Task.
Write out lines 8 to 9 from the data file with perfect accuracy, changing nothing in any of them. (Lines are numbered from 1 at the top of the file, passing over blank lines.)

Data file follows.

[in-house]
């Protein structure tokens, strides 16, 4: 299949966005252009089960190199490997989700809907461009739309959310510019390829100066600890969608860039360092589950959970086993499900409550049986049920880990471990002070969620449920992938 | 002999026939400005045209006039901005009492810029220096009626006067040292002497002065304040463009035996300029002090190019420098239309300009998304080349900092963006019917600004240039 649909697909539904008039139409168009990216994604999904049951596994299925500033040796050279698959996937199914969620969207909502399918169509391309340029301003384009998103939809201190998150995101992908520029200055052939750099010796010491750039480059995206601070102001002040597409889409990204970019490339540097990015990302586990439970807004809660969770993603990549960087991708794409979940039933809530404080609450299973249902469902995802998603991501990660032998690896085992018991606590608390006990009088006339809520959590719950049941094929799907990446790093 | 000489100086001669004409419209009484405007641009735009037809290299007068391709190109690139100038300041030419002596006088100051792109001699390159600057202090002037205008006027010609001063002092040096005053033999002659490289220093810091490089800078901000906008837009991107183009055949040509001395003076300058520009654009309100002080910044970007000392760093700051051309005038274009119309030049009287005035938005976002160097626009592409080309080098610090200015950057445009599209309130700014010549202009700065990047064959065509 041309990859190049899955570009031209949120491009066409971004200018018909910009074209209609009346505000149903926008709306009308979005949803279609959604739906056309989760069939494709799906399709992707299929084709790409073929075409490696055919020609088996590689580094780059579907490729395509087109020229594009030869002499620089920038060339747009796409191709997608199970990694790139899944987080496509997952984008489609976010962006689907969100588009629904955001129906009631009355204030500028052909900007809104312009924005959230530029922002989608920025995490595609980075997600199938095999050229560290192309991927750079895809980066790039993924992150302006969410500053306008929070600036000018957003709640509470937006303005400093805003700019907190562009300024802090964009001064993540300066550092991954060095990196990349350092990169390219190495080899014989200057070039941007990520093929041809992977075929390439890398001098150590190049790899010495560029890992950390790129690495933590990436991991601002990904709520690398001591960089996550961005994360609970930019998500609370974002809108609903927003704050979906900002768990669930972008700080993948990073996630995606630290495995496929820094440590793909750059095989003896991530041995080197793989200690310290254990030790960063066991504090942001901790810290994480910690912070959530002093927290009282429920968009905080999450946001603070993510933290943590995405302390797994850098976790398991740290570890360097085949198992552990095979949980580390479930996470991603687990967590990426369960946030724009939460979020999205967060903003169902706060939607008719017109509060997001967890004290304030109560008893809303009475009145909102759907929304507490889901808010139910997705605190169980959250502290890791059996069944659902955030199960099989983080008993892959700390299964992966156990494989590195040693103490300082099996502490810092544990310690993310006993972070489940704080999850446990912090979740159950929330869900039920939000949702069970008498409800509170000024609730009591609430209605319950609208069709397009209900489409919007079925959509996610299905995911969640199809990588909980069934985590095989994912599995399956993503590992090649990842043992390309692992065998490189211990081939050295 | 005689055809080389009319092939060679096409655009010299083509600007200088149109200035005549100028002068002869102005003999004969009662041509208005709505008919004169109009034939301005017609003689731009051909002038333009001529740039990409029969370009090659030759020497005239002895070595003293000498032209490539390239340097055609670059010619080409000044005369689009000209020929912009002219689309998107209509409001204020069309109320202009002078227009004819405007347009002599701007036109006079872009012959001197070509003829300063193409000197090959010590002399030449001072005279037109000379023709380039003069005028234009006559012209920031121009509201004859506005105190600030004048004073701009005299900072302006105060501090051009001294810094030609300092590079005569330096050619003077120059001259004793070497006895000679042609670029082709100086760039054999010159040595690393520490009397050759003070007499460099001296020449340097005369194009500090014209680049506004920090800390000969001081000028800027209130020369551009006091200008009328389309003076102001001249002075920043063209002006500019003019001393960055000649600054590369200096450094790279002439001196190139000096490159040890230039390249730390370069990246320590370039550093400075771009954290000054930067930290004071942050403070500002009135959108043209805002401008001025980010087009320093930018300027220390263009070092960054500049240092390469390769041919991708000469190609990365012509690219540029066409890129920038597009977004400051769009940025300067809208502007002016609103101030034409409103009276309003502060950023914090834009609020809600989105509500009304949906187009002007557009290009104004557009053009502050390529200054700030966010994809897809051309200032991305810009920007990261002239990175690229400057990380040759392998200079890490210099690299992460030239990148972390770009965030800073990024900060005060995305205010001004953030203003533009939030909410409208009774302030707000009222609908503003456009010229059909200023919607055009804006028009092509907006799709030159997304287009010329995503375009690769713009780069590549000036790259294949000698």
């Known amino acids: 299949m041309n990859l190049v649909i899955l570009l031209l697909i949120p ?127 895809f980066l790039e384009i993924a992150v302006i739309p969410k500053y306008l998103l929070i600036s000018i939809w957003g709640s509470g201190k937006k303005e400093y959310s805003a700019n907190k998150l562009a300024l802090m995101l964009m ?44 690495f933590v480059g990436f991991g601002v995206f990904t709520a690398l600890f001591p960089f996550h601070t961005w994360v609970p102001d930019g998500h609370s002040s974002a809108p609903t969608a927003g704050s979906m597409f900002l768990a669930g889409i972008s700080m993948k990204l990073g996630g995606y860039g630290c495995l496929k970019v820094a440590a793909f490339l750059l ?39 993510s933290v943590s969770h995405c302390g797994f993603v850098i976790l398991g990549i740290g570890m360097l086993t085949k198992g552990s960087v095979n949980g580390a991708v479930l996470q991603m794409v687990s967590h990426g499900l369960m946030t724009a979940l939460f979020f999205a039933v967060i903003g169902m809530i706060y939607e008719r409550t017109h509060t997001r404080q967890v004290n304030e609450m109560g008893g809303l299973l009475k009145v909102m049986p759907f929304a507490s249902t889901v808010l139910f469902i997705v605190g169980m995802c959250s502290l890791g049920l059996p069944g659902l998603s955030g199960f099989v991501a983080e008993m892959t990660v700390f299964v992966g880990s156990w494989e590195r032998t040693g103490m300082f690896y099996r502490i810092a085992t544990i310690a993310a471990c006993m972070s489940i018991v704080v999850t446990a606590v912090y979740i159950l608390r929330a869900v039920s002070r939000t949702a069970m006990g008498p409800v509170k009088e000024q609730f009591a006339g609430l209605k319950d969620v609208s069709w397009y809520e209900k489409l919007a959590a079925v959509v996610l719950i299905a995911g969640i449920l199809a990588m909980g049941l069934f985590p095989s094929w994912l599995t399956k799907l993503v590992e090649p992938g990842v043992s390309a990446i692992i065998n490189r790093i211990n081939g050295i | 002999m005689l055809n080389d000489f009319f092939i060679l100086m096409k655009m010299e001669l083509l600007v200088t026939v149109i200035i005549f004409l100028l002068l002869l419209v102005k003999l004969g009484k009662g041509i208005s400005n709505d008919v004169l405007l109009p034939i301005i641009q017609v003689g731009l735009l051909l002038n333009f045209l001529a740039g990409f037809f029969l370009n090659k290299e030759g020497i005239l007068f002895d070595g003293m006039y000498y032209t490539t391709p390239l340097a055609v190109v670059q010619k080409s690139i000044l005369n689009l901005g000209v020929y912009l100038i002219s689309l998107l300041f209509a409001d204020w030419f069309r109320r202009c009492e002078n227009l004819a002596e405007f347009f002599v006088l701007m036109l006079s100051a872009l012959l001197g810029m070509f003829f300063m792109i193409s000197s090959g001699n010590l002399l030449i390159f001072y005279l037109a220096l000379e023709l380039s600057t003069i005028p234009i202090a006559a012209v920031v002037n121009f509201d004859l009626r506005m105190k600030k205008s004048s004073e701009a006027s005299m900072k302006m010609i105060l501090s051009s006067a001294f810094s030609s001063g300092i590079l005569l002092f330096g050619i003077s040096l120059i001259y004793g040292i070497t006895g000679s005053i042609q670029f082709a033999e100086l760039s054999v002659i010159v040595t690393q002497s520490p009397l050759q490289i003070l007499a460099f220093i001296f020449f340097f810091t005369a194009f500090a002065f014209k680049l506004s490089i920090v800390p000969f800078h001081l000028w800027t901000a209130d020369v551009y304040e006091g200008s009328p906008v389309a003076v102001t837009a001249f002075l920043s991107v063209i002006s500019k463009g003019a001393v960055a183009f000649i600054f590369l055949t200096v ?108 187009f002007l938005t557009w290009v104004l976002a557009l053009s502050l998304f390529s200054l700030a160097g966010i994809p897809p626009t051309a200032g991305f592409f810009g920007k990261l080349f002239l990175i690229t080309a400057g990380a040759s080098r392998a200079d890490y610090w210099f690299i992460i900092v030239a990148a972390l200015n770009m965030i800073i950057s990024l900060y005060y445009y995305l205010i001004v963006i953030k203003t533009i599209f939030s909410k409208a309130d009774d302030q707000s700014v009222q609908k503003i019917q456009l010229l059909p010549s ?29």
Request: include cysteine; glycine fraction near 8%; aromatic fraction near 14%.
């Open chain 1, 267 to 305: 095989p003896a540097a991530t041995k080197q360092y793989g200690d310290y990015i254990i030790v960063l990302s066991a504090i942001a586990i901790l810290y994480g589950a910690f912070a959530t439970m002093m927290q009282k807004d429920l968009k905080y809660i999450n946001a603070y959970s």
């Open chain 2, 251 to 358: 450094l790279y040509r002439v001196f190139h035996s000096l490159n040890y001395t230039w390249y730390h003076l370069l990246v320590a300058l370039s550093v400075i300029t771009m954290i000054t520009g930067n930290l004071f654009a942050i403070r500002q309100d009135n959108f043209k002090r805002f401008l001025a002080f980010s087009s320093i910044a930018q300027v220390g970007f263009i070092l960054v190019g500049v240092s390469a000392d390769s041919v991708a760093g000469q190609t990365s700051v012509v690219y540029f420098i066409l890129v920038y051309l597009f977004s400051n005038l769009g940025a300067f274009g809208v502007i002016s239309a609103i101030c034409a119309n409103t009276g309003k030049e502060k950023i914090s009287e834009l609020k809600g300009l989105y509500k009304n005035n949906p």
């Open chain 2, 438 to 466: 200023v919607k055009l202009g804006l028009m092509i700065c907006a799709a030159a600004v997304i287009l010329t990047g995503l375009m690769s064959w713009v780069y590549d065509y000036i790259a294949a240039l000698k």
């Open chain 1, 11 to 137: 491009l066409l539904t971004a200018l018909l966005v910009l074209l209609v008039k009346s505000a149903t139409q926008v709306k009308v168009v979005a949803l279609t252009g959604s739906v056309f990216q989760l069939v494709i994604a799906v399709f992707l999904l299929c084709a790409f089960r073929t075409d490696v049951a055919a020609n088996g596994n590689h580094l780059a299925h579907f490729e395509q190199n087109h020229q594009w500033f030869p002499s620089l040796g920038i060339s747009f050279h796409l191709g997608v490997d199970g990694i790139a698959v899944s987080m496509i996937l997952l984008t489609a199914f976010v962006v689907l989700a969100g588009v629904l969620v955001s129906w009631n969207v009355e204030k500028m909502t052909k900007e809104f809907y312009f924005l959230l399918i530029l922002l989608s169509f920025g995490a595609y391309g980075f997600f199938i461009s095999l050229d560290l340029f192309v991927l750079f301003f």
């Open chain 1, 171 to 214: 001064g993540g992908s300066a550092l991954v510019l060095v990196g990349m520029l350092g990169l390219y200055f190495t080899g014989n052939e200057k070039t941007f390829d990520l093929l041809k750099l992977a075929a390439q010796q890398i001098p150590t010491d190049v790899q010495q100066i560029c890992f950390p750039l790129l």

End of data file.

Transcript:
């Open chain 1, 11 to 137: 491009l066409l539904t971004a200018l018909l966005v910009l074209l209609v008039k009346s505000a149903t139409q926008v709306k009308v168009v979005a949803l279609t252009g959604s739906v056309f990216q989760l069939v494709i994604a799906v399709f992707l999904l299929c084709a790409f089960r073929t075409d490696v049951a055919a020609n088996g596994n590689h580094l780059a299925h579907f490729e395509q190199n087109h020229q594009w500033f030869p002499s620089l040796g920038i060339s747009f050279h796409l191709g997608v490997d199970g990694i790139a698959v899944s987080m496509i996937l997952l984008t489609a199914f976010v962006v689907l989700a969100g588009v629904l969620v955001s129906w009631n969207v009355e204030k500028m909502t052909k900007e809104f809907y312009f924005l959230l399918i530029l922002l989608s169509f920025g995490a595609y391309g980075f997600f199938i461009s095999l050229d560290l340029f192309v991927l750079f301003f």
């Open chain 1, 171 to 214: 001064g993540g992908s300066a550092l991954v510019l060095v990196g990349m520029l350092g990169l390219y200055f190495t080899g014989n052939e200057k070039t941007f390829d990520l093929l041809k750099l992977a075929a390439q010796q890398i001098p150590t010491d190049v790899q010495q100066i560029c890992f950390p750039l790129l």